Focus on autonomy and responsibility

Autonomy and responsibility play an important role in building children’s resilience. You can encourage your children to take on responsibilities and develop a sense of autonomy.

It’s important to remember that as parents, it’s natural for us to want to protect our children from negative experiences, but it’s important not to shield them completely from life’s challenges. Working through difficulties and problems – with adult support as required – will give your child a chance to learn about themselves, develop resilience, and grow as a person.


Some examples of how you might do this:

Build your child's independence

Pre-school aged kids (1–5 year olds)

Build your child’s autonomy and independence. For example, encourage your child to dress themselves or give money to a shopkeeper – gradually increase the complexity of the tasks as your child builds their independence.

Primary school aged kids (6–12 year olds)

Build your child’s autonomy and independence. You could encourage your child to prepare their own school lunch or contribute to cooking the family meal – gradually increase the complexity of the tasks as your child builds their independence.

Talk to your child about problem solving

Pre-school aged kids (1–5 year olds)

Talk to your child about how they might address a problem, rather than rushing in to solve the problem for them. For example, ask your child what he/she might do if they wish to play with the toy that another child is playing with.

Primary school aged kids (6–12 year olds)

Talk to your child about how they might address a problem, rather than rushing in to solve the problem for them. For example, ask your child what they might do if they forget their lunchbox, so the child doesn’t have to rely on their parents to deliver the lunchbox to school. 

Allow your child to make decisions

Pre-school aged kids (1–5 year olds)

Give your child opportunities to make meaningful decisions. For example, give choices and allow your child to select their preference. For example, allow them to decide the order in which certain things will be done, or which book they want to read.

Primary school aged kids (6–12 year olds)

Talk to your child about how he/she can develop strategies for dealing with difficult situations. For example, help your child to develop a plan for when they feel left out of a friendship group, of if they are feeling stressed about school tests. Remind your child of all the people around them who can help. Encouraging your child to come up with their own solutions helps them to learn problem solving. 

Provide opportunities for free play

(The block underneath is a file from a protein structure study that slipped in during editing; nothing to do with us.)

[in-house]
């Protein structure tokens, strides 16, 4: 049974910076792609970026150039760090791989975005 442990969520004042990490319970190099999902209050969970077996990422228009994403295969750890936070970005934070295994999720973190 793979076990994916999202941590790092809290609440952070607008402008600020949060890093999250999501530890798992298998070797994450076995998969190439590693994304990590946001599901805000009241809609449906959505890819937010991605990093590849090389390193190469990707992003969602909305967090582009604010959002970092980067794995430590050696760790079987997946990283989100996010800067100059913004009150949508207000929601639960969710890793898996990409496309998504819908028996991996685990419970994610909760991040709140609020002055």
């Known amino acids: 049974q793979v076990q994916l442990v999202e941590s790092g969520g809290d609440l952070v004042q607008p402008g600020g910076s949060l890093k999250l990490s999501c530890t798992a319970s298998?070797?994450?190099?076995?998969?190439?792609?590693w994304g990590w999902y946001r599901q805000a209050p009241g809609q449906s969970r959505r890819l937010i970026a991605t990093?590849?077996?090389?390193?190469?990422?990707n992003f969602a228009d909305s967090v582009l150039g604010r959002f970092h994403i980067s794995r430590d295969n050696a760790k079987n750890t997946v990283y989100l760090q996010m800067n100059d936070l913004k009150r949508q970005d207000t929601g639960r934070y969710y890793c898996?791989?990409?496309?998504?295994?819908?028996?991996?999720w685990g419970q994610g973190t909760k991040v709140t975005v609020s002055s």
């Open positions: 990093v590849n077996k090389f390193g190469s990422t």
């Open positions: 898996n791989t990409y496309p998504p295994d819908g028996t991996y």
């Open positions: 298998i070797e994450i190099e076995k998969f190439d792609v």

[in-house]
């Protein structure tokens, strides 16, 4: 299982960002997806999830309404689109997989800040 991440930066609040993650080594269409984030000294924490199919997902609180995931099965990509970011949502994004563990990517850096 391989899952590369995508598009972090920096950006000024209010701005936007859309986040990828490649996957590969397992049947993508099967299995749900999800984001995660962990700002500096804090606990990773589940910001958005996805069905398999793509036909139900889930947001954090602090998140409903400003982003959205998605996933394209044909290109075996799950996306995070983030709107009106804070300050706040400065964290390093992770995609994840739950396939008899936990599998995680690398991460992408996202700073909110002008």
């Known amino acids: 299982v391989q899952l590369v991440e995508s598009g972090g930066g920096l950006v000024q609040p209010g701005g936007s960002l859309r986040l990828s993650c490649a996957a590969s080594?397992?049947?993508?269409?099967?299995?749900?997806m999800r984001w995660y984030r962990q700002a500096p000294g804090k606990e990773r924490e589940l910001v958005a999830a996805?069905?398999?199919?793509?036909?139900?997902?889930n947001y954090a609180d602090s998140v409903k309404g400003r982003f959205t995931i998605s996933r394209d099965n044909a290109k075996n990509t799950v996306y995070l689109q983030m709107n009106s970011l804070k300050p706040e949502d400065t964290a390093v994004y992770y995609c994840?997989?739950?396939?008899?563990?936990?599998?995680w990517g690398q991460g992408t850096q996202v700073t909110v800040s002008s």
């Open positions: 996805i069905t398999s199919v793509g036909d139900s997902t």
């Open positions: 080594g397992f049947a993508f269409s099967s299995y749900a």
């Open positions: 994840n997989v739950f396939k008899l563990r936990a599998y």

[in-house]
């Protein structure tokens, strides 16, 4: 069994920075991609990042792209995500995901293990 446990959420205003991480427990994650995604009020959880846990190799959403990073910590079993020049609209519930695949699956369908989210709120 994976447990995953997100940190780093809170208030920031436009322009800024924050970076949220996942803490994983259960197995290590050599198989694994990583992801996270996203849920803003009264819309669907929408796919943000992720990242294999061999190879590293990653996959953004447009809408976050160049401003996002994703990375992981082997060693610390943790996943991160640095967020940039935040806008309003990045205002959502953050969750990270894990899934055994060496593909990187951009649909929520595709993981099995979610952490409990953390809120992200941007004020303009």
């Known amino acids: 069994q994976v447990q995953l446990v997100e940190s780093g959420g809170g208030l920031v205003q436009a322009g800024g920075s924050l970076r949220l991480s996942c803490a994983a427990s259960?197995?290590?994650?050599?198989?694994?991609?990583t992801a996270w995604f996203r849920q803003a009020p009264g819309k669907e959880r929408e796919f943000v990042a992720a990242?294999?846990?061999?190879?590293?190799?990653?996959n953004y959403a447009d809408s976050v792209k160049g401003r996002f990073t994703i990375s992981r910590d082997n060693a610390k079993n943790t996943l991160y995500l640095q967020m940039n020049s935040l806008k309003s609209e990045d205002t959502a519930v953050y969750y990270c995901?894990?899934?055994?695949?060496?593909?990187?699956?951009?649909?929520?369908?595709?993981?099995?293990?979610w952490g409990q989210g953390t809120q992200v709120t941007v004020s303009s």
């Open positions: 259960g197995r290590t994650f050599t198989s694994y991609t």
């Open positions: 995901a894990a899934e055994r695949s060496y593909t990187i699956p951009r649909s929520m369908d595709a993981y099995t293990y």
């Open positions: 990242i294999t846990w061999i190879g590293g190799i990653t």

Pre-school aged kids (1–5 year olds)

Provide opportunities for free play – open ended and improvised play – such as building blocks, playing with teddies or action figures, or painting on blank paper are great examples of free play for young children.

Primary school aged kids (612 year olds)

Provide your child with opportunities to make meaningful decisions. For example, let them decide how they want to arrange their bedroom, or what they want to do as an end of year celebration. 

Being bored is not necessarily bad

Primary school aged kids (612 year olds)

Being bored occasionally is not necessarily bad for children. Your child may come up with their own ideas (such as devising a new game or building a cubby house). These occasions help children develop their sense of autonomy. 

Be a role model for your child

Be a role model for your child. Try to model 'healthy thinking'* when facing challenges of your own. You can do this by thanking other people for their support, and saying, “Things will get better soon. I can cope with this”. This shows that you expect that good things are possible. You can also role model calm and rational problem-solving when something doesn’t go as expected. Talk out loud the thought process you are having in solving a problem. Your child can see what problem-solving looks like, and also that the problem can be worked through in a calm way to find a solution.

 

* Healthy thinking means looking at life and the world in a balanced way (Canadian Mental Health Association, 2011). Healthy thinking teaches children to know how their thoughts (both helpful and unhelpful) affect problems or feelings in everyday life. With practice, children can learn to use accurate thoughts that encourage them instead of negative thoughts that discourage them.

boy in puddle


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